Some pieces with more modern themes not dedicated to any leaders in particular, such as Apollo or Jimbasengo, are considered lighter, youth music. Amadu Bansang Jobarteh, whose repertory leans heavily toward older pieces from Mali, does not play Jimbasengo because he considers it light and for young people. By the same token, some younger kora players do not fare well with the older, serious pieces that Jobarteh favors.

pp. 266–68

Image not available.

Plate 43 Lafiabougou Filani/ Les Jumeux de Lafiabougou/ The Lafiabougou Twins. Fousseni and Lansana Diabate in the 1950s. Seated person in bottom middle photo is Sekou Kouyate, son of Ntenin Sory Kouyate. Photos courtesy of Lansana Diabate.

Perhaps the most crucial (and undocumented) grassroots development in Malian music during the 1960s was the growth of Apollos, popular dance events featuring groups having congas, Western drum sets, bass guitars, and electric guitars, all amplified by a sound system. The movement centered on a famous family of jelis in the Lafiabougou section of Bamako, featuring the twins Fousseni and Lansana Diabate, known as Lafiabougou Filani or Jumeaux de Lafiabougou (Lafiabougou Twins). Born in Niagassola, Guinea, home of the ancestral Sosso bala (see chapter 3), the Lafiabougou Twins embodied both the old and the new; they grew up playing the bala and also embraced the guitar (plates 1 and 43). Their use of electric instruments brought the jeli tradition in line with modern urban Bamako life. As they played for traditional events such as naming ceremonies and marriages, the new electrified sound ultimately made its way into the more urbane hotel orchestras that featured brass sections. The Apollo space missions symbolized the modern world, and the Bamako events named after them were equally viewed as "modern" (Bamba and Prévost 1996: 175–76) and "progressive" (Mory Kante, in Durán 1998: 45).

Apollos may have grown out of elaborate Bamako marriage celebrations popular in the early 1960s called Ambiance. Meillassoux (1968b:107–12) described an association of over eighty-one people registered under the name of jeli ton (jeli association) in 1956, which in 1963 changed its name to Association des Artistes du Mali, l'Ambiance, with more than three hundred members. Performances at Ambiance events included an orchestra including a kora, bala, jeli dundun, tama, and electric guitars. These Ambiance events may themselves have grown out of an event from Kankan, Guinea, called Mamaya that was popular there from the 1930s to 1950s (Kaba and Charry, forthcoming). Although the term Apollo might not have been applied to the new Bamako genre until at least 1967, it was brewing throughout the 1960s.27 Notes to a Horoya Band (1971-disc) 45 rpm recording of the tune Apollo released about 1971 refer to it as "at present all the rage to dance in Guinea" ("Apollo est en ce moment la grande fureur a danser en Guinée"). The tune Apollo is now a standard in the repertory of many jelis.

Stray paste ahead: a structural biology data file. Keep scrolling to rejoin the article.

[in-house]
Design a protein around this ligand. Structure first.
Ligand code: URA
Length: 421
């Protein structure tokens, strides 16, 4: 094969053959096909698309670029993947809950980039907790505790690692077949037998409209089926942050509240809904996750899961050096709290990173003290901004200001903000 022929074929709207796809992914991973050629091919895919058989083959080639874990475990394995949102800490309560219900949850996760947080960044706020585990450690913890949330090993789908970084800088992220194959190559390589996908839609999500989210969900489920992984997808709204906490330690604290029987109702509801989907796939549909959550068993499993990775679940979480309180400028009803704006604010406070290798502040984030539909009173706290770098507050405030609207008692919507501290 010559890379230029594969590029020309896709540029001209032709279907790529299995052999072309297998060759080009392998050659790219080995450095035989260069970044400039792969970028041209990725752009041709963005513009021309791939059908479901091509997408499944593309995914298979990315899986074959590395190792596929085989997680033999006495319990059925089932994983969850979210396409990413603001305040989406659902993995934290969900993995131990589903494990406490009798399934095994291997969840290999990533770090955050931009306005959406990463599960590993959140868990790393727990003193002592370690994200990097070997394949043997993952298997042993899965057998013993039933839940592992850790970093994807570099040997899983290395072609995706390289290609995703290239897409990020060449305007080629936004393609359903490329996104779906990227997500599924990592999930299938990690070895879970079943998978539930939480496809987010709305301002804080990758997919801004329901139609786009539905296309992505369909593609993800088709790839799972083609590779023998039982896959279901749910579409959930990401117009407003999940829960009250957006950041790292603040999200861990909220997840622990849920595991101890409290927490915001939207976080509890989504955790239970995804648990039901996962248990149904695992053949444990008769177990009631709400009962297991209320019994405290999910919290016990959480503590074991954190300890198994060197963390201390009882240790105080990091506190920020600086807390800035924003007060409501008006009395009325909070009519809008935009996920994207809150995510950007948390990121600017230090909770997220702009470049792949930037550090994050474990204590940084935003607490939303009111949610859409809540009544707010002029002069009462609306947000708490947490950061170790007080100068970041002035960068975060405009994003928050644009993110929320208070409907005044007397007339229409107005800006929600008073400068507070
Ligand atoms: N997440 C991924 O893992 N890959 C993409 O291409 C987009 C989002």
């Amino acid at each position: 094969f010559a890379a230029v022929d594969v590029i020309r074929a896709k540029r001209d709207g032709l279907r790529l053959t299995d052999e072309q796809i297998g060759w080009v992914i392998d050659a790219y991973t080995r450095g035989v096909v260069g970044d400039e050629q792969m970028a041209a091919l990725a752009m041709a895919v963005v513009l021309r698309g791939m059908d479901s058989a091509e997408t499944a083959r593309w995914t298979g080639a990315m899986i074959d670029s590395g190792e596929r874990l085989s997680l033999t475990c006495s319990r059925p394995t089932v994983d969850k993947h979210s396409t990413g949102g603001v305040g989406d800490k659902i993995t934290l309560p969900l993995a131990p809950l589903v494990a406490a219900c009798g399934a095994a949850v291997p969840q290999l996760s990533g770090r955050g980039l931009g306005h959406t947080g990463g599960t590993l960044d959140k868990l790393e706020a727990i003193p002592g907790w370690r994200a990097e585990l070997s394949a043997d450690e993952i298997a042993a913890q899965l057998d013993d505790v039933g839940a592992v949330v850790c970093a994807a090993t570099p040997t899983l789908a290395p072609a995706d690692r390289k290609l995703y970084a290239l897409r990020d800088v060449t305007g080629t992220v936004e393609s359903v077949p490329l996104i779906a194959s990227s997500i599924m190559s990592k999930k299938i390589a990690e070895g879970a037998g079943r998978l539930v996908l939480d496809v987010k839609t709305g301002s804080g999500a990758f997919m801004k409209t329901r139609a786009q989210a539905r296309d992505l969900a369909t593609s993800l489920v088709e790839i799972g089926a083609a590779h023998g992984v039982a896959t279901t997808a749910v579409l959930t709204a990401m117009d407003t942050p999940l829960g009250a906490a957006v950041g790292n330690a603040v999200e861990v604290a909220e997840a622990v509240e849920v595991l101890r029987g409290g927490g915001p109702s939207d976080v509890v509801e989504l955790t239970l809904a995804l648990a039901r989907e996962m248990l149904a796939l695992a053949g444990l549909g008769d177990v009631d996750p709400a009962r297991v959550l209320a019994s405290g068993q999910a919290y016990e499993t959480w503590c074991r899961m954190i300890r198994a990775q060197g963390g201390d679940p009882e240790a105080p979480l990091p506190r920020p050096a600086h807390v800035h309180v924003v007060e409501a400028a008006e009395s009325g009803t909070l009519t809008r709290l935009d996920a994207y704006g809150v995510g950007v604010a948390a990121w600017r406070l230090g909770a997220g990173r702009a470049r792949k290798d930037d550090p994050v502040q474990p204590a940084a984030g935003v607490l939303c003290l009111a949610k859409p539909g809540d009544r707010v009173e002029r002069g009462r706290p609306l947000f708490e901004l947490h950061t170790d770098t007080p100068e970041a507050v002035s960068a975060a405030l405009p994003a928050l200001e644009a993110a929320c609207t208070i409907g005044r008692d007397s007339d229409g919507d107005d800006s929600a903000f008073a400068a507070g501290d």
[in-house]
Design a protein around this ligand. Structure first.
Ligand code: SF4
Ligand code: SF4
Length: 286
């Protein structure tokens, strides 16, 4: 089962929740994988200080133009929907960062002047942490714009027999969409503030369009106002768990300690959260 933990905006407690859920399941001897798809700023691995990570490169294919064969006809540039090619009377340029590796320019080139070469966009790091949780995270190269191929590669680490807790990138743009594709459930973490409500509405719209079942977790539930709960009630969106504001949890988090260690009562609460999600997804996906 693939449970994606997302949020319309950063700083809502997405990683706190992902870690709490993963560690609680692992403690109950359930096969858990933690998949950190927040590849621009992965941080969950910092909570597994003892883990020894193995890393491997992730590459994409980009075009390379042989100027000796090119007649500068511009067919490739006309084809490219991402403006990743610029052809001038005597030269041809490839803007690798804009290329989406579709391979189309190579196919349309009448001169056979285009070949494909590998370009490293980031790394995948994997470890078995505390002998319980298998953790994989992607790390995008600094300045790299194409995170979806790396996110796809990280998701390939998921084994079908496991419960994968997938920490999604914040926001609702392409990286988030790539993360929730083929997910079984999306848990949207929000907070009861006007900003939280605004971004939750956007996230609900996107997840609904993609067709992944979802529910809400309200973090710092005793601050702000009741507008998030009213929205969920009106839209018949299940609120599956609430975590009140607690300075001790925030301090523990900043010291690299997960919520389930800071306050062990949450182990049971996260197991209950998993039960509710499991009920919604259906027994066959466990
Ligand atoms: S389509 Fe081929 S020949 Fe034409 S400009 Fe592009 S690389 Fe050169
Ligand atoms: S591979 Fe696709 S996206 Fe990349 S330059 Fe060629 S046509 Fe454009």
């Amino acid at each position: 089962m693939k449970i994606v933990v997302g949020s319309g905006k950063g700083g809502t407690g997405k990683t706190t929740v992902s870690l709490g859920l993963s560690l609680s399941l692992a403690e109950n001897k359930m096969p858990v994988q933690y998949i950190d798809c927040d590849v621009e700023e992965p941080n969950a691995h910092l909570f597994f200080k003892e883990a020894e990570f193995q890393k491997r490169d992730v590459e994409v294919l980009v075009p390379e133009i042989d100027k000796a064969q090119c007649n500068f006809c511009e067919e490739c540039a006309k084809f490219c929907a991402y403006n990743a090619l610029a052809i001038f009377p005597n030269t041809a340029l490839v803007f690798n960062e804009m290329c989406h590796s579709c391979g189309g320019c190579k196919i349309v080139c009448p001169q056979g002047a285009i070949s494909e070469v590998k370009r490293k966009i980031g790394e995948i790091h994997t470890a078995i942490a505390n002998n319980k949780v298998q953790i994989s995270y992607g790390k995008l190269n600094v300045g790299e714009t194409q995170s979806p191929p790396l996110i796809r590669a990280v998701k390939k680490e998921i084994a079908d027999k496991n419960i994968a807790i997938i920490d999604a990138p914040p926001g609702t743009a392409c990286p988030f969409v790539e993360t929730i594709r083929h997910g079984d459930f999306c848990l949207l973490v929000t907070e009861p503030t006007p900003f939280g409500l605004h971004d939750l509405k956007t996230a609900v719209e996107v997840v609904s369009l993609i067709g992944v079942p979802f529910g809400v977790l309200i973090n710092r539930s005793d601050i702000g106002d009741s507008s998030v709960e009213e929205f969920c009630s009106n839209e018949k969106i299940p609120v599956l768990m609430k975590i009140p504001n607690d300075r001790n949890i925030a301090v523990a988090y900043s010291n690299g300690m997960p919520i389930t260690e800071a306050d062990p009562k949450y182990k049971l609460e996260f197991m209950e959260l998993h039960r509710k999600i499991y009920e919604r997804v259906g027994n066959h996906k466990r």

27. The Apollo program to land on the moon was announced in 1961, but the first significant notice in Africa of an Apollo spacecraft may have been a January 1967 ground test that killed the three astronauts inside Apollo I, delaying the program until October 1968 when the first manned Apollo flight was launched, circling the earth. In December 1968 Apollo 8 circled the moon, and in July 1969 the famous Apollo II landed on the moon. Sekouba "Bambino" Diabate (in Durán 1997: 43), from Siguiri, Guinea, believes that the piece Apollo was composed by his mother, Jeli Marayam Samoura, who settled in Bamako after remarrying, to a Malian guitarist, Wusu Diabate.

Fula Flute. 2002. Fula Flute. Blue Monster.


This piece, also known as "Apollo," was suggested by Famoro. It features the players exchanging solos in a musical caroussel.